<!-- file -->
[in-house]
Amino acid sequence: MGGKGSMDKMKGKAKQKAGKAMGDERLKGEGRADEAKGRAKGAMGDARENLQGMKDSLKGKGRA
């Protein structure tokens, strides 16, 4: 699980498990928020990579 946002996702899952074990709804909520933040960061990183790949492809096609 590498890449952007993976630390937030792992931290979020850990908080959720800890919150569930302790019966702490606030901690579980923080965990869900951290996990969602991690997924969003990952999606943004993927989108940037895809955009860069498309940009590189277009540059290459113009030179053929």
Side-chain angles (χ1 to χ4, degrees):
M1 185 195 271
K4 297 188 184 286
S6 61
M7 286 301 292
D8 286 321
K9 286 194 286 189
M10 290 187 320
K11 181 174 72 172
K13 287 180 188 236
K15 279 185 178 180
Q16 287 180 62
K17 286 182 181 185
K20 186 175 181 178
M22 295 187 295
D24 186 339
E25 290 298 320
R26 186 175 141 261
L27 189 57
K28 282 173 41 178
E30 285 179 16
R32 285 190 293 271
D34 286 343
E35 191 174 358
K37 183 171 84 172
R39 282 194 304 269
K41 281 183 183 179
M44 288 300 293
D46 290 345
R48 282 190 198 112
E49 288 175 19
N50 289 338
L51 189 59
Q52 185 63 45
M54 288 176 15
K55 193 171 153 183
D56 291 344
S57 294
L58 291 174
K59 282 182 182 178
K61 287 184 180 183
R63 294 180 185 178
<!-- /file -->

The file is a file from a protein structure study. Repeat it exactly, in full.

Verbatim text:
[in-house]
Amino acid sequence: MGGKGSMDKMKGKAKQKAGKAMGDERLKGEGRADEAKGRAKGAMGDARENLQGMKDSLKGKGRA
């Protein structure tokens, strides 16, 4: 699980498990928020990579 946002996702899952074990709804909520933040960061990183790949492809096609 590498890449952007993976630390937030792992931290979020850990908080959720800890919150569930302790019966702490606030901690579980923080965990869900951290996990969602991690997924969003990952999606943004993927989108940037895809955009860069498309940009590189277009540059290459113009030179053929």
Side-chain angles (χ1 to χ4, degrees):
M1 185 195 271
K4 297 188 184 286
S6 61
M7 286 301 292
D8 286 321
K9 286 194 286 189
M10 290 187 320
K11 181 174 72 172
K13 287 180 188 236
K15 279 185 178 180
Q16 287 180 62
K17 286 182 181 185
K20 186 175 181 178
M22 295 187 295
D24 186 339
E25 290 298 320
R26 186 175 141 261
L27 189 57
K28 282 173 41 178
E30 285 179 16
R32 285 190 293 271
D34 286 343
E35 191 174 358
K37 183 171 84 172
R39 282 194 304 269
K41 281 183 183 179
M44 288 300 293
D46 290 345
R48 282 190 198 112
E49 288 175 19
N50 289 338
L51 189 59
Q52 185 63 45
M54 288 176 15
K55 193 171 153 183
D56 291 344
S57 294
L58 291 174
K59 282 182 182 178
K61 287 184 180 183
R63 294 180 185 178